ERIC Number: ED341037
Record Type: RIE
Publication Date: 1991-Oct
SALT and Spelling Achievement.
A study investigated the effects of suggestopedic accelerative learning and teaching (SALT) on the spelling achievement, attitudes toward school, and memory skills of fourth-grade students. Subjects were 20 male and 28 female students from two self-contained classrooms at Kennedy Elementary School in Rexburg, Idaho. The control classroom and the experimental classroom were matched on age, gender, and previous spelling achievement as measured by the Iowa Tests of Basic Skills (ITBS). The control group received traditional spelling instruction over the 18-week period, while the experimental group received spelling instruction supplemented by the SALT techniques of mind calming exercises, dramatic presentations, use of classical and Baroque music, review presentations, and ungraded quizzes. Spelling achievement was measured through weekly spelling tests. Memory skills and attitudes toward school were measured by pre- and post-tests. Results indicated that: (1) the experimental group obtained significantly higher spelling scores than the control group; (2) the experimental group obtained higher, but not statistically significantly higher, attitude scores and memory skills scores than the control group; and (3) students, teacher, and parents made positive comments concerning the SALT techniques. Findings suggest that SALT is effective in elementary school spelling instruction. (One table of data is included; 19 references are attached.) (RS)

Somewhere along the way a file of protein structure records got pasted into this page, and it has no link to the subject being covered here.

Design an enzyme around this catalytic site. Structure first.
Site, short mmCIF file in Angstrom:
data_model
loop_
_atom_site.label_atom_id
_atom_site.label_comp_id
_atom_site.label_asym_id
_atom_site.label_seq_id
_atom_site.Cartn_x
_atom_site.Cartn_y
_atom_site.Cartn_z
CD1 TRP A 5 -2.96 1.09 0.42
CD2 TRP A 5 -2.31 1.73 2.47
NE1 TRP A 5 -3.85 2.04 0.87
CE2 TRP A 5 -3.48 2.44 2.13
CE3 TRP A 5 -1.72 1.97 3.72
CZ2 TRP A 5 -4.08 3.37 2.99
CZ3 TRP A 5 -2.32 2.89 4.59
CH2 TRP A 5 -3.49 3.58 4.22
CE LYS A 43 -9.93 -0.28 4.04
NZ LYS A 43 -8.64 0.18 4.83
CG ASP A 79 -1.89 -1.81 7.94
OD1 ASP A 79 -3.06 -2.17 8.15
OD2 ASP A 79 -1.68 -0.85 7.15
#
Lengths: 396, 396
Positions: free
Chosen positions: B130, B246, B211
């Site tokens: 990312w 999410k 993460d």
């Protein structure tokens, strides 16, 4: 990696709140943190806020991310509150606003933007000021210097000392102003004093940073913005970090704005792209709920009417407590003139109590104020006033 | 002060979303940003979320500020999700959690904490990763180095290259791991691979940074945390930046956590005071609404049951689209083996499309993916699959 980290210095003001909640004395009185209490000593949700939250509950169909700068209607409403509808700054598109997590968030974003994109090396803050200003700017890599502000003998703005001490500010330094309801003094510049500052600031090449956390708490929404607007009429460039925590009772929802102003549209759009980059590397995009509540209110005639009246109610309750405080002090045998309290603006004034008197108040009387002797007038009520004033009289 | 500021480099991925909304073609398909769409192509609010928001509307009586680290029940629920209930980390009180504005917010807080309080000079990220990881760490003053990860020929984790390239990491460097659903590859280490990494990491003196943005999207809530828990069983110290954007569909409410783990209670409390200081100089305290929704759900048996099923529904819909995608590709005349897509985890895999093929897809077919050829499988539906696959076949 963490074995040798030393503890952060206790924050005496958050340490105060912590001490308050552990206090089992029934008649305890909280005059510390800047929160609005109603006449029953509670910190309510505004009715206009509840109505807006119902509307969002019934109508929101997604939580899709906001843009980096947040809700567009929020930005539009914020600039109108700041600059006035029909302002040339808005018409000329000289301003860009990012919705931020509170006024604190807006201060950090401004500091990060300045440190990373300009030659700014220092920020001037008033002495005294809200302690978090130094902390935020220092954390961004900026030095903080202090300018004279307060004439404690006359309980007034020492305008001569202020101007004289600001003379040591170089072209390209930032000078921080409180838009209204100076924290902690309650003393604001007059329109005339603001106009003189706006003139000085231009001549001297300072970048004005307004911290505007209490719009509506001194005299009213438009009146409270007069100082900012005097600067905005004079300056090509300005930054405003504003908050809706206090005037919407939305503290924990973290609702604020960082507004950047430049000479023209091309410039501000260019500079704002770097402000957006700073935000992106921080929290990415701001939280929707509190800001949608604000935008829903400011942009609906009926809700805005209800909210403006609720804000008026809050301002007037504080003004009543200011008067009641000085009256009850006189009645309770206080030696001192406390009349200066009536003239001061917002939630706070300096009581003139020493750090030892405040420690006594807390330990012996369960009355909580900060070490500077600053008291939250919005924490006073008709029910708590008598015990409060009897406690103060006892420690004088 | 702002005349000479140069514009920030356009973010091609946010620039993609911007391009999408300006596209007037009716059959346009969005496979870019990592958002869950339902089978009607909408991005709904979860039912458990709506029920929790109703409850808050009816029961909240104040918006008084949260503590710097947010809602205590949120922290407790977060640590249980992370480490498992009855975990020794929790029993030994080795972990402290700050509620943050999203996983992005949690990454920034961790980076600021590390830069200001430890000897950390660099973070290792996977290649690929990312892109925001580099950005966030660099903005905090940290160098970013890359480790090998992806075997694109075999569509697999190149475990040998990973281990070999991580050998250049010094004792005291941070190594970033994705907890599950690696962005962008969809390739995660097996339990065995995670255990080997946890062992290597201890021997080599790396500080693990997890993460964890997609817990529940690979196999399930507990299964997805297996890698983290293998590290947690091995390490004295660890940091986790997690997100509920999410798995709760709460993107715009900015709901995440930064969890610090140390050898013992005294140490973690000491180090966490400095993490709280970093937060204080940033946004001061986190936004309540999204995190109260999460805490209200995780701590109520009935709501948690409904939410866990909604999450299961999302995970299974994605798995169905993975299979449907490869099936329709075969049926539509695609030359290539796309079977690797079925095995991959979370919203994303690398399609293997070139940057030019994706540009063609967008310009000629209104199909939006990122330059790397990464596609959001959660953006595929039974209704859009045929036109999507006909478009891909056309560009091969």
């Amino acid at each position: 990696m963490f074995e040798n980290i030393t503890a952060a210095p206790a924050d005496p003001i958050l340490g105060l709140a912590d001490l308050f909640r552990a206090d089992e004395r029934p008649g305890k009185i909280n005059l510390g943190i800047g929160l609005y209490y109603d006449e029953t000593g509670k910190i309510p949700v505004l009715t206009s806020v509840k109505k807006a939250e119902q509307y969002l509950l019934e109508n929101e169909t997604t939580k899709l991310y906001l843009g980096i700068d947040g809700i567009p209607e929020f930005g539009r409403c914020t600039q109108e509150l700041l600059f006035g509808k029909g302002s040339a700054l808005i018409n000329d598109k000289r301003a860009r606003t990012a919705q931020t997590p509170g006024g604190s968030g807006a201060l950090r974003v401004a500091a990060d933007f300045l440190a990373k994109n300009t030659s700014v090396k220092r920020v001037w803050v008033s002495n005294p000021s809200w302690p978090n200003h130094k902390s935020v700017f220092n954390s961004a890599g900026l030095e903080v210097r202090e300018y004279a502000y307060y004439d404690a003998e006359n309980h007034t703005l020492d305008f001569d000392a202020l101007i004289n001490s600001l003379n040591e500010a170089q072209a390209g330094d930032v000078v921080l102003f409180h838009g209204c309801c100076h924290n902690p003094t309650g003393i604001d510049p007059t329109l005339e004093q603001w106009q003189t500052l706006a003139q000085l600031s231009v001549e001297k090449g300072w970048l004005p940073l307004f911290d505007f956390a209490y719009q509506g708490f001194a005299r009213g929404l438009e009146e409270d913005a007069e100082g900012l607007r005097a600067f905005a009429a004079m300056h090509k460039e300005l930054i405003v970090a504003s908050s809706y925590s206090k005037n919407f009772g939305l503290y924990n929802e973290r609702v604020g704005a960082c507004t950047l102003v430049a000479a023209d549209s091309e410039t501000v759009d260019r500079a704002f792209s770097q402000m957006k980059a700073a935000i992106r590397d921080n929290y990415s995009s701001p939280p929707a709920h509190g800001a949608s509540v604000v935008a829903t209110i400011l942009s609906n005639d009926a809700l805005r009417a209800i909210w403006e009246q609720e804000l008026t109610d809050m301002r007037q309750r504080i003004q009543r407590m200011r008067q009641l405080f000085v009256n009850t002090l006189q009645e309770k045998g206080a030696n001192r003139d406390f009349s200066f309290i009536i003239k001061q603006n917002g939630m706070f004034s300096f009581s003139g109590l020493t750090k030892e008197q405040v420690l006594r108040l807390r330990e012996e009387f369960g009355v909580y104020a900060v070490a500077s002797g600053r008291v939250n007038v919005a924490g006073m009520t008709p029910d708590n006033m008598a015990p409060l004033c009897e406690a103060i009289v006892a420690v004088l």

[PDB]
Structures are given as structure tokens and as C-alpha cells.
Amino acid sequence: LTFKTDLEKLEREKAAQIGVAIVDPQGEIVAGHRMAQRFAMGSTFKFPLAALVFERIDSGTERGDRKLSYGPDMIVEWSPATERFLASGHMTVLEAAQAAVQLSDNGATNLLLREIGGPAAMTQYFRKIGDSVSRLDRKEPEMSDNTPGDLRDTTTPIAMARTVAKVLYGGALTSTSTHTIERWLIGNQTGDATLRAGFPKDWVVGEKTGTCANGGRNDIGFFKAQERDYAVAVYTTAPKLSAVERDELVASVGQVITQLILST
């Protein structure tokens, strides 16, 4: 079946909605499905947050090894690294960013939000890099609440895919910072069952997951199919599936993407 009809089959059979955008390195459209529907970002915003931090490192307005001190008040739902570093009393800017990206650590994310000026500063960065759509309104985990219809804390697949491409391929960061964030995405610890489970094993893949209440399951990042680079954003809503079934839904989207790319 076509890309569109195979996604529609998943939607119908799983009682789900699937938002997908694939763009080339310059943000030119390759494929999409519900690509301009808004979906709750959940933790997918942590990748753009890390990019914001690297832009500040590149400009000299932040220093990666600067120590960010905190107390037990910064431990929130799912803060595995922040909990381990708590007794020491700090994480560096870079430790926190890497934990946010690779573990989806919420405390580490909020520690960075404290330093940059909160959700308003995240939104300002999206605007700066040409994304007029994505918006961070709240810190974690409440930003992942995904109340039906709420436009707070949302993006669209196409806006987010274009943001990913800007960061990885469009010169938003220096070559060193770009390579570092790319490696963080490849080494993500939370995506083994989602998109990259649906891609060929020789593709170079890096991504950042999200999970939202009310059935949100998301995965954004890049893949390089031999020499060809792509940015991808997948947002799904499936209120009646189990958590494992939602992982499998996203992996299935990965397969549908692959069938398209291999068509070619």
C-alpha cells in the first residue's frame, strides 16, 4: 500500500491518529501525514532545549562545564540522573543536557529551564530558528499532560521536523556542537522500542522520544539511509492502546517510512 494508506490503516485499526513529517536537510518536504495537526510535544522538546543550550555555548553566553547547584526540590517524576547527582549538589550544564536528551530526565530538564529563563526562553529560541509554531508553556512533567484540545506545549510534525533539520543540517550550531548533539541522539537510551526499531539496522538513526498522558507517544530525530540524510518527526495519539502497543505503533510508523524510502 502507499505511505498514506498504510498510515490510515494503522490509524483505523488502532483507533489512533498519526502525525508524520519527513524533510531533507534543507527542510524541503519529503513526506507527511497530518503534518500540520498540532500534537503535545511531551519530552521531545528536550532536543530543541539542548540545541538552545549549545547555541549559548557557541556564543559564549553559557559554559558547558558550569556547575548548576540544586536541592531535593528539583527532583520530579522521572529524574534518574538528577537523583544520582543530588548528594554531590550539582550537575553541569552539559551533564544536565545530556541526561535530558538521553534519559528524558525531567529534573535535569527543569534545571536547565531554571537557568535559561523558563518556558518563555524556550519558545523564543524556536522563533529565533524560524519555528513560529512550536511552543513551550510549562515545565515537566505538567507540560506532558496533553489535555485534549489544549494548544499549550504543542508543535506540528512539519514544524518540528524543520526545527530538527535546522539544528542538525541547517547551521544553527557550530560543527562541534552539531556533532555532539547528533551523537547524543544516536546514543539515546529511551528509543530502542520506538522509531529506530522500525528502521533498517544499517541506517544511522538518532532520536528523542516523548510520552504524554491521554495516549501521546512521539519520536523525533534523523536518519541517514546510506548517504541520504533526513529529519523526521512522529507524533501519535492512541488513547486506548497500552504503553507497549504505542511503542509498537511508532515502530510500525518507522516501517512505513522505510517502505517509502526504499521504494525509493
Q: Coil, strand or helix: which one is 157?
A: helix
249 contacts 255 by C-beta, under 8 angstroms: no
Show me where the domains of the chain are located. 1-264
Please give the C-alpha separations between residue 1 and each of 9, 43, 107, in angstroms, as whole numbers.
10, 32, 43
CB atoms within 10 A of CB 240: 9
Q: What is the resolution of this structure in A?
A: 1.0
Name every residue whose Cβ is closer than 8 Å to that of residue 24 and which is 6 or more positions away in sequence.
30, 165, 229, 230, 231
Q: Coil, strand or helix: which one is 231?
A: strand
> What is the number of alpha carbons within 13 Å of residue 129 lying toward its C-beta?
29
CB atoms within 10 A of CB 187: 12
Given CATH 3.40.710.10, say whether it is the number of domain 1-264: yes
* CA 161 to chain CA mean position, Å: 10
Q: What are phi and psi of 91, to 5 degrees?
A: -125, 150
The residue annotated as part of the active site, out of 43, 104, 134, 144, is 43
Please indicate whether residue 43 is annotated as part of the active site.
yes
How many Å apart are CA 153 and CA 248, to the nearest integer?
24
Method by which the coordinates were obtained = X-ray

Publication Type: Reports - Research; Speeches/Meeting Papers
Education Level: N/A
Authoring Institution: N/A
Note: Paper presented at the Annual Meeting of the Northern Rocky Mountain Educational Research Association (Jackson Hole, WY, October 4-6, 1991).